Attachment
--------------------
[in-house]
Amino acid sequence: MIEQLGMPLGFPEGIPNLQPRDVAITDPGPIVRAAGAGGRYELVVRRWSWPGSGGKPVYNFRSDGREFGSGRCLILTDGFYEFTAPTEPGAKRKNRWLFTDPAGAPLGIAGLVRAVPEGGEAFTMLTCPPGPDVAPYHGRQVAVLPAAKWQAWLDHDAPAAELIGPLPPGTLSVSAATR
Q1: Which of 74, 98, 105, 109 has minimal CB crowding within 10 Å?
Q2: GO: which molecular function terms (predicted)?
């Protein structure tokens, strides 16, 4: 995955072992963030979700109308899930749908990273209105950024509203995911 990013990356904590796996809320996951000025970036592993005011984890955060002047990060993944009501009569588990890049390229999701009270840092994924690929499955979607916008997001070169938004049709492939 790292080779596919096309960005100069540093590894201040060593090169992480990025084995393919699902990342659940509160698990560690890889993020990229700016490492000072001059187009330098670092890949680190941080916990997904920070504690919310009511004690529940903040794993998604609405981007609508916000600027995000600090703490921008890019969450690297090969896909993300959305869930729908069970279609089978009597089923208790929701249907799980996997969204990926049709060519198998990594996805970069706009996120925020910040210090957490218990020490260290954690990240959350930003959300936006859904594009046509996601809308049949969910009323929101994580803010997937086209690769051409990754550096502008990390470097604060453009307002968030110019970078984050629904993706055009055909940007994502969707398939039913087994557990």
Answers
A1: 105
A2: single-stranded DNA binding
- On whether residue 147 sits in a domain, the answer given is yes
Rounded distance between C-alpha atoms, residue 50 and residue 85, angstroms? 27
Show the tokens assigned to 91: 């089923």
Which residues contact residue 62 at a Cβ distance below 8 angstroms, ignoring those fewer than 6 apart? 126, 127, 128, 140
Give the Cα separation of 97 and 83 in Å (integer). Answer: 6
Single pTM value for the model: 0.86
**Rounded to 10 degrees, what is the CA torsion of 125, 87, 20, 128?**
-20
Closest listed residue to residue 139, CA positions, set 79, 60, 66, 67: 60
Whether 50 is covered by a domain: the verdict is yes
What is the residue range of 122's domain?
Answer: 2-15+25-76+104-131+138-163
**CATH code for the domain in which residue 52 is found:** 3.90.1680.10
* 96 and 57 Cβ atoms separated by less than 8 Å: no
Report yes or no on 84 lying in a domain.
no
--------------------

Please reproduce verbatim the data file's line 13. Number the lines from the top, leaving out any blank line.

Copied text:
Give the Cα separation of 97 and 83 in Å (integer). Answer: 6